I am currently getting into the long distance running and I usually run 12-15 km 3 times a week and there’s no pain. My question is; Is it okay if I go train myself for a marathon or that sort of long distance running? I see many doctors say that when I had my ACL done, I am already having an arthritis risk. They also say that if not now but I might get it after say 10-15 yrs. I wonder, I am completely fine now and don’t have any issues with the knee. If I control my weight and build muscle mass in the lower body, will I still be at the risk?

  9. Jared says:

    I had ACL reconstructive surgery on March 12th 2013 and am worried that I’m still unable to jog. I went to PT for the first 3 months after surgery and have since been riding my bike diligently 15 miles per day. I have strengthened my quads and other muscles in my legs and have regained full range of motion. I can walk normally without feeling any pain, however, I can’t jog at all. I can’t bare the pain from the impact when I land (even from a slow jog). I am 5 1/2 months out of surgery and am worried that my ACL didn’t heal correctly, or even worse, failed entirely. Are there such cases? Is it normal not to be able to job (even at a slow pace) at 5 months post surgery?

    • drdavidgeier says:

      Yes it is possible, although I can’t say if that is normal in your case. Your orthopaedic surgeon can examine your knee and review any necessary radiology studies to tell you if something worrisome is going on that is causing your issues with jogging.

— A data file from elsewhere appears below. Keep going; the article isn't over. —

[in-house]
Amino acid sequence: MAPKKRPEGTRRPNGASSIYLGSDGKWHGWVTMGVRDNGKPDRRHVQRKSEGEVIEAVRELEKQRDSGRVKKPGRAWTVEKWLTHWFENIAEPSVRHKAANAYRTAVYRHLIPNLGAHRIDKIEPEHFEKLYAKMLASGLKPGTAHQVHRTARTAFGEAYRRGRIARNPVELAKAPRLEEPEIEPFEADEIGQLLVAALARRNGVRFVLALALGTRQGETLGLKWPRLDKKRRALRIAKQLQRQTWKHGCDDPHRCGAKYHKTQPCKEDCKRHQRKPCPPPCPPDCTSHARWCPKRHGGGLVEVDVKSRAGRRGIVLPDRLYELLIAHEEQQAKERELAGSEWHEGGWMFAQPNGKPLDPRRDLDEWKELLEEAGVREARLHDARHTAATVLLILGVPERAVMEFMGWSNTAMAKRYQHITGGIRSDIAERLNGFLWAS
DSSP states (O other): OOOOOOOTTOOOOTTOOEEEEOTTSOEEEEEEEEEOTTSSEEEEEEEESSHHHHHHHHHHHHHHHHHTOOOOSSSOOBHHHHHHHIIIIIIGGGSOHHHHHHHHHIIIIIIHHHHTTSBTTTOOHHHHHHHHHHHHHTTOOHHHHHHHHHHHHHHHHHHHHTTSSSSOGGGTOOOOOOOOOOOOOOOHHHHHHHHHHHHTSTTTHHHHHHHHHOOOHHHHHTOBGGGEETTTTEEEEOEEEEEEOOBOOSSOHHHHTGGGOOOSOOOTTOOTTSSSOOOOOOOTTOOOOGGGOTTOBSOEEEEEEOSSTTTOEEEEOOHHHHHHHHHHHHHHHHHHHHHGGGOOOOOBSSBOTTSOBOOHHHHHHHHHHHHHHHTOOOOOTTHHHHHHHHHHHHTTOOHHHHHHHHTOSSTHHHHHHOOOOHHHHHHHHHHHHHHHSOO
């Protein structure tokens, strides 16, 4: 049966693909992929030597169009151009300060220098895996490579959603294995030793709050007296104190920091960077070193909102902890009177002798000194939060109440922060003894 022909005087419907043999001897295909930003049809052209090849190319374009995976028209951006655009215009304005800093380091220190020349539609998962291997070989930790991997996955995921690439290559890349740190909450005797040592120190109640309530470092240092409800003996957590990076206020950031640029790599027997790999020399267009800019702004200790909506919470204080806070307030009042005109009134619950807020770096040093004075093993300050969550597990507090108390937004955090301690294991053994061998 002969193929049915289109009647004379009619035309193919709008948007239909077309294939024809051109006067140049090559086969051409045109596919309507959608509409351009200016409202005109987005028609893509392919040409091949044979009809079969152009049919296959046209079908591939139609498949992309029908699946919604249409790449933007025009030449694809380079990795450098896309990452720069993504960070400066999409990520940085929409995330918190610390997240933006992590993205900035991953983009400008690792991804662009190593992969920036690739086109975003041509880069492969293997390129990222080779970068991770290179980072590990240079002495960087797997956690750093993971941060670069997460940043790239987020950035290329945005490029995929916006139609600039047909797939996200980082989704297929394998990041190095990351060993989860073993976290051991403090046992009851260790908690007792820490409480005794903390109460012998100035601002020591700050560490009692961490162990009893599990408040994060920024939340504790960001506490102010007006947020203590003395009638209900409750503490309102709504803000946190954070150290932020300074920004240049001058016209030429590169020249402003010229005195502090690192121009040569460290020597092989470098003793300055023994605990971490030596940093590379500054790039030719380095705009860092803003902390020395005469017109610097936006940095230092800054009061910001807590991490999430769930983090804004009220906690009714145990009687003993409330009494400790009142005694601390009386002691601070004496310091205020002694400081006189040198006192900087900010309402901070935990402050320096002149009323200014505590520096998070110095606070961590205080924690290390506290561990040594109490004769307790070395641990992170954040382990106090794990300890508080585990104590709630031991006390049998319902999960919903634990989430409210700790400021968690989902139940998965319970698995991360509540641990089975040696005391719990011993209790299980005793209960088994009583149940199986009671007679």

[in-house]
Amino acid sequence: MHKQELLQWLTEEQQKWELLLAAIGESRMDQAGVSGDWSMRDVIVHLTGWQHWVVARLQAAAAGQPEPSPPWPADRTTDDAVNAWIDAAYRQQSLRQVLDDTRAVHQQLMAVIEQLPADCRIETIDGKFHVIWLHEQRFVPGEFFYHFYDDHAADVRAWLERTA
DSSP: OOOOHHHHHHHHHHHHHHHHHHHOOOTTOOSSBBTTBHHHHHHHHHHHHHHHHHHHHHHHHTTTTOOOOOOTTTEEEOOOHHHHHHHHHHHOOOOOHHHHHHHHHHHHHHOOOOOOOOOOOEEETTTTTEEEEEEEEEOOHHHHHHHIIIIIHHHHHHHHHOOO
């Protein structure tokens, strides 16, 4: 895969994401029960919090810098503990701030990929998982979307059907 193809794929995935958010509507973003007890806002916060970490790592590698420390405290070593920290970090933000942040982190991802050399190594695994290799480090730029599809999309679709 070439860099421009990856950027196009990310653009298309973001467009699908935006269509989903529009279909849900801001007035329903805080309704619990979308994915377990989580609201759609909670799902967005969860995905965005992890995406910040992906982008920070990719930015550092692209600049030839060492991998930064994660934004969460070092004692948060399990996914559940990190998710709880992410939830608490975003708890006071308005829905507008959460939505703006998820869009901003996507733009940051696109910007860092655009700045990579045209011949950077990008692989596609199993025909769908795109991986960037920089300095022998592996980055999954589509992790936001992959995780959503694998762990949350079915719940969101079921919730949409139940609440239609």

10. Charlotte says:

    Hi, I’m 19 and play soccer at a high level I had an ACL reconstruction and meniscus repair over 2 years on March 29th 2012 ago a year later after my surgery I ruptured my ACL again causing my meniscus to get fully torn. I had a emergency surgery to remove the meniscus and only a week ago I have just had my second ACL reconstruction using a donor ligament grath. I have been told by my surgeon to give up on soccer as I’ll never be able to get back playing again and the ACL might not hold, I would love your opinion if you think it’s possible for me to get back playing again I have gone round to different sports specialist to see what everyone’s opinion is to help me decide what to do.

    • drdavidgeier says:

      It is hard for me to give specific information or predictions without being involved. While it can certainly be more difficult to return to sports after a second ACL surgery than a primary one, many athletes can do it. The need for meniscus surgeries can be a complicating factor as well, though.